Come to Pass
Piya explores the good, the bad and the cost of passing as something you're not
This episode was originally published on September 20, 2019.
"Passing" is the ability to be read as something you are not. While is can be a privilege for some people, it can also come with unforeseen consequences for both them and those who see them. This week, Piya explores the good, the bad and the cost of passing.
Here are the stories from this week's episode...
Haley Lewis's mom is of Scottish descent and her dad's Mohawk. As someone with fair skin and freckles, she says people often read her as white. After being ridiculed for being Indigenous as a kid, she decided to ignore her heritage for a long time. Lewis tells Piya how she's now trying to reclaim her roots, but also struggles with taking up space among fellow Indigenous people.
James Chaarani says his fair skin leads some people not to know he's a Muslim-raised Lebanese-Canadian. And sometimes he uses his "white-passing" ability to his advantage. But as Chaarani explains in an essay for Out in the Open, the privilege also comes with gaining painful access to unfiltered versions of racism.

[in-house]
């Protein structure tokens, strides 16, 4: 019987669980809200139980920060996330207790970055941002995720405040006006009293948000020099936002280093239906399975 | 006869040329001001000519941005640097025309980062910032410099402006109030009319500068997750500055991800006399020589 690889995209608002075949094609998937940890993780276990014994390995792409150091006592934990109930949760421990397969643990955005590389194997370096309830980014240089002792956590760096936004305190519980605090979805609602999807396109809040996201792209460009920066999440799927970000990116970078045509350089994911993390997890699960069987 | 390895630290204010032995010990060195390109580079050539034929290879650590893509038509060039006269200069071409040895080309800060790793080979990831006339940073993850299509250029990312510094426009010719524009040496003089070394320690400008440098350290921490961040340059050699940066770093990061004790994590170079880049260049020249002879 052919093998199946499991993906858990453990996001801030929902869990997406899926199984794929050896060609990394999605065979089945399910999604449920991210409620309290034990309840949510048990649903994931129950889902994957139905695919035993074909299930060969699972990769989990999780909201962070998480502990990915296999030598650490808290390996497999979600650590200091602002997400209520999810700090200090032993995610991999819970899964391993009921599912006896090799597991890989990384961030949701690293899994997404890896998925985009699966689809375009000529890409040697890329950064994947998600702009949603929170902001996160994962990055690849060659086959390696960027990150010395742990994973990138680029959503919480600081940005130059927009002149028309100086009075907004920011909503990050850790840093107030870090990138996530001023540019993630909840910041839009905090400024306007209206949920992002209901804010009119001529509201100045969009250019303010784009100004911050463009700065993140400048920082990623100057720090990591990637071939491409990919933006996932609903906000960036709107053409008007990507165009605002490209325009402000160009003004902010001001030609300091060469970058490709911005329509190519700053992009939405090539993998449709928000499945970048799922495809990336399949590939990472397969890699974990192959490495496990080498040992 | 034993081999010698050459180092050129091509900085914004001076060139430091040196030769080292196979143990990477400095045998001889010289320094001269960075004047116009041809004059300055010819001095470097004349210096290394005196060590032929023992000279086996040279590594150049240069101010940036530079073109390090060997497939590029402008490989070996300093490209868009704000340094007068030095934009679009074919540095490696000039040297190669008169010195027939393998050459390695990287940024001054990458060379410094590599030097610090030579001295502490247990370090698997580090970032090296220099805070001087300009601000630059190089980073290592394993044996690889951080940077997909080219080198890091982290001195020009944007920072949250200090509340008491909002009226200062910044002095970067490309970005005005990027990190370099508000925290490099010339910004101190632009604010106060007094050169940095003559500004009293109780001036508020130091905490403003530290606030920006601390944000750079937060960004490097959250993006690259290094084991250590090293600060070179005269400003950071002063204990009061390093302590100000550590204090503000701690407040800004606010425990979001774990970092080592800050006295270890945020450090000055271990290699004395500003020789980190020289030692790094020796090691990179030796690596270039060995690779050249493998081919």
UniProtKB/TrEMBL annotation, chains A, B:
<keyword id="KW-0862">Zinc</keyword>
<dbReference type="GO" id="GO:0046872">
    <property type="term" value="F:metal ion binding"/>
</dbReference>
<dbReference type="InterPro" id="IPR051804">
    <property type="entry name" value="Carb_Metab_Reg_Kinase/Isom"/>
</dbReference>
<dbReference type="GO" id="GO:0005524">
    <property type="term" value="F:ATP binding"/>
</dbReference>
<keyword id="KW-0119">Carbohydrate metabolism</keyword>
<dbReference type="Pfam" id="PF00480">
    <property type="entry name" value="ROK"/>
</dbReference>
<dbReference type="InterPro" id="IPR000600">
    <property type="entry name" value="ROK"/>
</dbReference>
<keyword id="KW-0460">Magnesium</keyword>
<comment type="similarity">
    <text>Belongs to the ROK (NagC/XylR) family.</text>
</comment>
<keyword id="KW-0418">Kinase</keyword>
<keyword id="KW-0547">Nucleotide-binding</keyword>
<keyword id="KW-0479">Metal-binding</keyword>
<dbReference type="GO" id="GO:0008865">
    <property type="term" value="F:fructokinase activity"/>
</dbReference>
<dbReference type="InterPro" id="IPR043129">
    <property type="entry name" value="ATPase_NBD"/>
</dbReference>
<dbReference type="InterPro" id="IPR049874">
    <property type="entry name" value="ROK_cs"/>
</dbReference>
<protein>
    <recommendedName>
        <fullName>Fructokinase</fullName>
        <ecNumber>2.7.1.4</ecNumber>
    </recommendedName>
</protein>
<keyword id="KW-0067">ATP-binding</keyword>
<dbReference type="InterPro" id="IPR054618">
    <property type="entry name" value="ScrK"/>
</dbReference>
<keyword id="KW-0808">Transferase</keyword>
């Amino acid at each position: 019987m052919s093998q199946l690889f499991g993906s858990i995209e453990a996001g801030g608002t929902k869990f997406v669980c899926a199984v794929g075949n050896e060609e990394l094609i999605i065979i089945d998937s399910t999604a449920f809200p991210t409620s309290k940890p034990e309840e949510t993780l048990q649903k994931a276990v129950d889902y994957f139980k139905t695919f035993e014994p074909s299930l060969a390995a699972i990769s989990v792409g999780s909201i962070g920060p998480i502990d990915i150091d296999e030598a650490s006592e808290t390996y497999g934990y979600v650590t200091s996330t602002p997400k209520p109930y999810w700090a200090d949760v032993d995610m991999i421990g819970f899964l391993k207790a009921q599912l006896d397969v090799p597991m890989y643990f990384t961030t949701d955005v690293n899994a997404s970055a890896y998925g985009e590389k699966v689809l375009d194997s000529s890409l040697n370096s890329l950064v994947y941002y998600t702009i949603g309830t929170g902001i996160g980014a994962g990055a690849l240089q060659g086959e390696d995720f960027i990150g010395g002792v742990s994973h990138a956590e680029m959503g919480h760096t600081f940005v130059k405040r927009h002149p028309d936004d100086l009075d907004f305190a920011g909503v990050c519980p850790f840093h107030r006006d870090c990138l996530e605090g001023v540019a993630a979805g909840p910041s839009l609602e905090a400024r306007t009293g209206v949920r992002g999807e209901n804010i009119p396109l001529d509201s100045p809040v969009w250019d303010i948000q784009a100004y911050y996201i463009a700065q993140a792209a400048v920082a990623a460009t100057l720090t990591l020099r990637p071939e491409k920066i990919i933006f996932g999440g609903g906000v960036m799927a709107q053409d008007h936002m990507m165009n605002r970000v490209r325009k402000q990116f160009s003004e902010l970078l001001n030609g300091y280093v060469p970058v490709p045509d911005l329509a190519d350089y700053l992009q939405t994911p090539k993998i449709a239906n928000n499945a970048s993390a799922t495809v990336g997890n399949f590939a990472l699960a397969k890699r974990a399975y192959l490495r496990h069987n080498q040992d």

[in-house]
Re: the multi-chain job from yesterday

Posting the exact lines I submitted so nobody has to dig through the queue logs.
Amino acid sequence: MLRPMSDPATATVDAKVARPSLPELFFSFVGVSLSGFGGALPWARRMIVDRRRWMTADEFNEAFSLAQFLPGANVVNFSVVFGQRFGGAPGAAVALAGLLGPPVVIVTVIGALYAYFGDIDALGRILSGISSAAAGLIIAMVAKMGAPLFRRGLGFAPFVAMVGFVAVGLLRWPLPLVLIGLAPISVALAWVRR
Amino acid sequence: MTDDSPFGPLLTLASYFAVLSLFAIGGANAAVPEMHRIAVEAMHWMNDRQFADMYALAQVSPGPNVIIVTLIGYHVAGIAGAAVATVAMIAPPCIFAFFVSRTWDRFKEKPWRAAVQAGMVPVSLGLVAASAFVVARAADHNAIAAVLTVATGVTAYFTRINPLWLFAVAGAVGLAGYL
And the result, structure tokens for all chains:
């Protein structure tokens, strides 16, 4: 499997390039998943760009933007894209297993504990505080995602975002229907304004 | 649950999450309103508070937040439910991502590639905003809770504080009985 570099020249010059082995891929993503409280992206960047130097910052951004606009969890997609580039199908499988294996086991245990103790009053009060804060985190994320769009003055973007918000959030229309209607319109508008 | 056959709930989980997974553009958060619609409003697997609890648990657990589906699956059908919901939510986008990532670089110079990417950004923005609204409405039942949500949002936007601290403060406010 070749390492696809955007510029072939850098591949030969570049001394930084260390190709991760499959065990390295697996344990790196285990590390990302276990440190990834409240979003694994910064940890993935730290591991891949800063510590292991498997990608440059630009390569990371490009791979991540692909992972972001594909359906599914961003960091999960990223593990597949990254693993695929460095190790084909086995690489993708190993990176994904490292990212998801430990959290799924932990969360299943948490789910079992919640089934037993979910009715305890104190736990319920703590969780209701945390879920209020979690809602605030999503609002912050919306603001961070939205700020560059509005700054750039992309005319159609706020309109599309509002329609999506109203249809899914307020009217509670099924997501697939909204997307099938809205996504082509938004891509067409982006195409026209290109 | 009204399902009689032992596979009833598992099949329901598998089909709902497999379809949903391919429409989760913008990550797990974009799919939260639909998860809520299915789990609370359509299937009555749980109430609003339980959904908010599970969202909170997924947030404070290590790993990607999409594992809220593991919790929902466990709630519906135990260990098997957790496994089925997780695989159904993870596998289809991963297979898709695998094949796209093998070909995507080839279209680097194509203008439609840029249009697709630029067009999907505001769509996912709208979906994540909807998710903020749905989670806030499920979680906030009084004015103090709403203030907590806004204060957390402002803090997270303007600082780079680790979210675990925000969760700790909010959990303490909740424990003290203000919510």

As an aspiring lawyer, Muhammad Faridi used to study table manners, practice speaking like businessmen and pretend he was into high art to mask his family's socioeconomic class. He doesn't have to anymore, now that he's a partner at a prestigious firm. But as Faridi tells Piya, the consequence of making it for him has meant losing old friends and a sense of belonging.
Kelly Douglas has cerebral palsy. But her symptoms are largely invisible, which gives her the ability to pass as someone without a disability. And she did just that for nearly a decade because she feared being defined by disability in the eyes of others. Douglas tells Piya how feeling complicit in maintaining disability myths eventually led her to come out about her CP.
Sessi Kuwabara Blanchard identifies as a transgender woman. But when she walks down the street, she says people often see her as a woman who was assigned female at birth (also known as cisgender). Blanchard tells Piya how passing can be liberating for her, but can also carry dangerous risks... and why the mere term is so controversial among transgender people.